Real exchange rate

economic-dictionary

The real exchange rate of one currency with respect to another is the purchasing power of a currency after its conversion.

In other words, the real exchange rate is a measure that indicates the purchasing power of one currency against another. Unlike the nominal exchange rate, it takes into account the prices in the country to which the currency belongs.To understand this, it is necessary to know several concepts well. These concepts are defined in the following links:

  • Currency pair.
  • Nominal exchange rate.
  • Purchasing power.

In financial markets, currencies are traded in the form of currency pairs. When we change one currency, we always change it in terms of another. For example, we have euros and we want to change to Argentine pesos. Or, we have US dollars and we want Indonesian rupiahs.

The ratio of one currency to another is known as the nominal exchange rate. Continuing with the previous example, the nominal exchange rate answers the question, for each euro, how many Argentine pesos do they give me? Or for every US dollar how many rupees will I get.

Finally and before getting into the concept of the real exchange rate, we must know what purchasing power means. Purchasing power tells us something like the amount of things we can buy with a currency in one country or another. For example, $ 10 is $ 10 anywhere in the world. Now, do you buy the same amount of goods with $ 10 in New York and with $ 10 in Memphis? The amount of money is the same, but New York is a very expensive city and Memphis, in comparison, very cheap.

Calculation of the real exchange rate

The formula used to calculate the real exchange rate is:

Where:

RER = Real exchange rate

TCN = nominal exchange rate

Pe = Prices in the foreign country

Pn = National prices

The real exchange rate: digging deeper into the concept

With the introduction to the key concepts we are in a position to understand well the concept of the real exchange rate. The real exchange rate, when taking into account the prices of two places with different currencies, adjusts the nominal exchange rate to the prices. Although later we will see a numerical example, a priori, several conclusions can be reached.

  • Nominal exchange rate is equal to the real one.

If the nominal exchange rate equals the real exchange rate, then the relative prices are the same. That is to say, although in one place the prices are in dollars and in another in pesos, it is equivalently the same.

For example, for every dollar they give us 30 Argentine pesos. So, for the nominal exchange rate to be equal to the real exchange rate, we should, on average, be able to buy the same with one dollar in the United States as with 30 pesos in Argentina. Continuing with the example, suppose that the reference price is coffee. So if in the United States, on average, coffee is worth one dollar, then in Argentina, on average, coffee is worth 30 pesos.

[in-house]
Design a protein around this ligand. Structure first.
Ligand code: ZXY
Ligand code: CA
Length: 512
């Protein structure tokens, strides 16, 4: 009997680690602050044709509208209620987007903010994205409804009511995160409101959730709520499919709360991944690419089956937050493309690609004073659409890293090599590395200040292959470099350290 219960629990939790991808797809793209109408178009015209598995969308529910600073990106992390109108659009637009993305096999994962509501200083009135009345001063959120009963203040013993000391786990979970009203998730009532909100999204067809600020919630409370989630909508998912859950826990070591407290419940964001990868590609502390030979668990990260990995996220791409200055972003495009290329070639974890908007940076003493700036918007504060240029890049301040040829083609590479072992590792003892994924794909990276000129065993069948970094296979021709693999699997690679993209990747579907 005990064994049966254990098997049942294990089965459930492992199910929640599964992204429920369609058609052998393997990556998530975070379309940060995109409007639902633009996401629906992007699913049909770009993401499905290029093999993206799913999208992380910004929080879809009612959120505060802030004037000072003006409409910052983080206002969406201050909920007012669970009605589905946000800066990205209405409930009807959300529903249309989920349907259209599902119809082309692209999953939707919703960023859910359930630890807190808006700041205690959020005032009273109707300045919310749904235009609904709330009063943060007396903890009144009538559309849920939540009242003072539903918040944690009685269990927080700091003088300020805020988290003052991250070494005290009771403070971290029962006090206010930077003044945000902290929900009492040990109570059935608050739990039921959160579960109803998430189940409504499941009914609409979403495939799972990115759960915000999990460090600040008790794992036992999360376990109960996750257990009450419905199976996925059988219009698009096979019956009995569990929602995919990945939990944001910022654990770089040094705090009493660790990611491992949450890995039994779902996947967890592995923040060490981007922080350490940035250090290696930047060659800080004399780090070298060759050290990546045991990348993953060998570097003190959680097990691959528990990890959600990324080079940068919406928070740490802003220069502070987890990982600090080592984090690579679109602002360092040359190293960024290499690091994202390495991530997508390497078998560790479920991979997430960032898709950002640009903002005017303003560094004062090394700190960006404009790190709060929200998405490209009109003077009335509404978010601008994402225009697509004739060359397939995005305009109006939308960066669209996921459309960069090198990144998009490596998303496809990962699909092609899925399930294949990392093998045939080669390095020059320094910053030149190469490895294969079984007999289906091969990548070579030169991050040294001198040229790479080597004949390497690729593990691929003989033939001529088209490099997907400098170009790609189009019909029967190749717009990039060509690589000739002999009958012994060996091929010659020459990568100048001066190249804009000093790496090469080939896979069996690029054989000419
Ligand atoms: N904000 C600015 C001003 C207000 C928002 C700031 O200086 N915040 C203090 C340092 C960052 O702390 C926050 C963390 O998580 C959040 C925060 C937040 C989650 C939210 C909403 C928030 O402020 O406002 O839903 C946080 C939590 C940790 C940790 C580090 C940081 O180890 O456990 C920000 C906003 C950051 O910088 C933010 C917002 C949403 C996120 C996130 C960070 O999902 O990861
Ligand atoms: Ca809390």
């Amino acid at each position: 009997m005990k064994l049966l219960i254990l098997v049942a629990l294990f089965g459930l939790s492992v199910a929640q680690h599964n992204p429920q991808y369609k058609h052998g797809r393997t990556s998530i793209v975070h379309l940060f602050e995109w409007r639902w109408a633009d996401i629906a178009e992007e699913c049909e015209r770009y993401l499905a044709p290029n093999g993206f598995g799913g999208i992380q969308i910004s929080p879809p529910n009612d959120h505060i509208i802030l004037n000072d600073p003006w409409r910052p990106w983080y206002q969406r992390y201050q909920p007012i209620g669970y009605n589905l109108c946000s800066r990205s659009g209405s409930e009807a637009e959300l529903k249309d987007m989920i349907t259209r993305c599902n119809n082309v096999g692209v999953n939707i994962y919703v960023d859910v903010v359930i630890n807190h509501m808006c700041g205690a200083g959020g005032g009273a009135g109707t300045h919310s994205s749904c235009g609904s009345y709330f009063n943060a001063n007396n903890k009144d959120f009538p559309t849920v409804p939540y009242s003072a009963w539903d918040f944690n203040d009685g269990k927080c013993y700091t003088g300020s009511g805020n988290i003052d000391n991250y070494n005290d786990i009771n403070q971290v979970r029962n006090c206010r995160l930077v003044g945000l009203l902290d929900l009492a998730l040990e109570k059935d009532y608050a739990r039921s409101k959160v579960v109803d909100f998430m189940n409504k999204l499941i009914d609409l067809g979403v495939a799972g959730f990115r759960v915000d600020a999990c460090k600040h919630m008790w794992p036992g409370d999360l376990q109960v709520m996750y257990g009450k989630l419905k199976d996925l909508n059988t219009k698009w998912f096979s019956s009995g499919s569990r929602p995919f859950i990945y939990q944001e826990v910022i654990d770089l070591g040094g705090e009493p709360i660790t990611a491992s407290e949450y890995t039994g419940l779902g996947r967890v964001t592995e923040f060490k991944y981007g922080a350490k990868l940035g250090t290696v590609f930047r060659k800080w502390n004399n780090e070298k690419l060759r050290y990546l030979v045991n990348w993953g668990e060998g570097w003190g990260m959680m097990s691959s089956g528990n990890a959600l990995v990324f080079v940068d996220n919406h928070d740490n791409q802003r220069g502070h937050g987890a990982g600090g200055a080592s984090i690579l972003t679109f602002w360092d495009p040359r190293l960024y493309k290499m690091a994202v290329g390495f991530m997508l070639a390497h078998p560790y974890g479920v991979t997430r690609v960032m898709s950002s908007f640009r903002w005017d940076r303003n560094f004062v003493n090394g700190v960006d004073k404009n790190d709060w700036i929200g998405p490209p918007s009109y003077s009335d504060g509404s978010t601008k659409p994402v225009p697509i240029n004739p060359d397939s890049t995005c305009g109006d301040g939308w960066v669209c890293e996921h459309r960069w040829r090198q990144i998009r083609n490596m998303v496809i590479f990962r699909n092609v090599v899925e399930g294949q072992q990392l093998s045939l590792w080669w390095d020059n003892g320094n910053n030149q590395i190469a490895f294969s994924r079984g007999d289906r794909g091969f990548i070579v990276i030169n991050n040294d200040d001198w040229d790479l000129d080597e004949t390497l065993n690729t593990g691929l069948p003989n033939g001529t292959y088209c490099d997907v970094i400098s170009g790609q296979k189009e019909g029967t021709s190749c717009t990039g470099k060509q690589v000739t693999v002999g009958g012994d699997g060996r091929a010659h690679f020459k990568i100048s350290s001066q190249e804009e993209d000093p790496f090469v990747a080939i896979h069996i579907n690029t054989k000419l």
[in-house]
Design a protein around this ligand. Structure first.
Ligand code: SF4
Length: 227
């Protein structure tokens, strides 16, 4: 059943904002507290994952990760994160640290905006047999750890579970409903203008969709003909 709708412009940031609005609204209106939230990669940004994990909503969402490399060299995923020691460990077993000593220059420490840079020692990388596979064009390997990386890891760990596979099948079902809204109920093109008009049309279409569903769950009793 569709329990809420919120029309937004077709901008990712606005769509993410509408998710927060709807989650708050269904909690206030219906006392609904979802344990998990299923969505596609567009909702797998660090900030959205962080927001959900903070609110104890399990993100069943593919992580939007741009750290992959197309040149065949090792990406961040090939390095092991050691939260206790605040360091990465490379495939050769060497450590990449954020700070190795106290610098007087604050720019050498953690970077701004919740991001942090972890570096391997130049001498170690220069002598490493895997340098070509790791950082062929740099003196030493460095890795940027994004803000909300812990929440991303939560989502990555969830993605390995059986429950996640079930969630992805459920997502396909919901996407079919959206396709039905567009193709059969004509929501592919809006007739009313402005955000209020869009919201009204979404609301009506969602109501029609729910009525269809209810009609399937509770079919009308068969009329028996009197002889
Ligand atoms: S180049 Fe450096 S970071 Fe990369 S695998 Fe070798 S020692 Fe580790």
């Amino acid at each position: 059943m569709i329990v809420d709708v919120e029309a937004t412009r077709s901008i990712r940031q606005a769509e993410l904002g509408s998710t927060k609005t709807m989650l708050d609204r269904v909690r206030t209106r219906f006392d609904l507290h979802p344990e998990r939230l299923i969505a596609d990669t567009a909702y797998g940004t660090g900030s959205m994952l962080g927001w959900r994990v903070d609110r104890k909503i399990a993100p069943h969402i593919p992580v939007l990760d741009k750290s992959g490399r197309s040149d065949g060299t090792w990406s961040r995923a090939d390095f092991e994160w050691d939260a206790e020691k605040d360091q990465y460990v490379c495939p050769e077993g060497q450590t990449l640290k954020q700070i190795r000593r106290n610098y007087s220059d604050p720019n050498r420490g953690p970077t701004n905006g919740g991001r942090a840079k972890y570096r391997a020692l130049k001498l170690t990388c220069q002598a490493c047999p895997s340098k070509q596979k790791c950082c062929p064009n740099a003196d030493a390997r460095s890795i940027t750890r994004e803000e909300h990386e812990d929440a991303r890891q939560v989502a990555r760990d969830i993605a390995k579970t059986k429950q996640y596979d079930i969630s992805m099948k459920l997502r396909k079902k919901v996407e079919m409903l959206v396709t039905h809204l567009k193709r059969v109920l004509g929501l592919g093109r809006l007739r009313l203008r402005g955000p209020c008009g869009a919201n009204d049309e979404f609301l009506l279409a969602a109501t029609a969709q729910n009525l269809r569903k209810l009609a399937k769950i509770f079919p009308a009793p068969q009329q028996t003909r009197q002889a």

• Real exchange rate is higher than nominal.

If the real exchange rate is higher than the nominal, it means that the prices of the reference currency are higher. In simpler words, my currency buys more things abroad than in my country. Let's continue with the previous example and remember that for every dollar they give us 30 Argentine pesos. This means that with one dollar you can buy more things in Argentina than with 30 pesos in the United States. Following the example of coffee. In the United States the price of coffee is worth 1 dollar, while in Argentina it is worth 15 pesos. So actually for every coffee we buy in the United States, we can buy two in Argentina.

  • Nominal exchange rate higher than the real one.

If the nominal exchange rate is higher than the real one, it means that the prices of the reference currency are lower. In a simpler way, with the same money I buy less abroad than in my country. For every dollar they give us 30 Argentine pesos. If the nominal exchange rate is higher than the real exchange rate, I buy less things with 1 dollar in Argentina than with 30 pesos in the United States.

In the previous examples, we have always taken the dollar as a reference. If we do the opposite, the conclusion will be the opposite.

Real exchange rate example

To see it more clearly we will make a numerical example:

Suppose the existence of two countries A and B. Both in country and country B only cars are produced. Of course, in each country the price of a car is in its currency. In country A a car is priced at $ 300. For its part, in country B the price of the car is 6000 pesos

  • Nominal exchange rate (TCN): 30 pesos per dollar
  • Prices abroad (Pe): $ 300 a car
  • National prices (Pn): 6000 pesos a car

In real terms with a dollar, we can buy 1.5 times more than with the equivalent in pesos. In other words, a car in country A is equivalent to 1.5 cars from country B. More simply, we can exchange 2 cars from country A for three cars from country B. In the calculation what we do is pass everything to the same unit (weights). So a car in A is worth 9000 pesos and a car in B is worth 6000 pesos.

Another example. Suppose now that everything stays the same. Now, in country B a car is worth 9000 pesos.

In real terms, the dollar and the peso are worth the same. With 30 pesos I can buy in country A, the same as with a dollar in country B. I can exchange a car from country A for a car from country B.

Real interest rate

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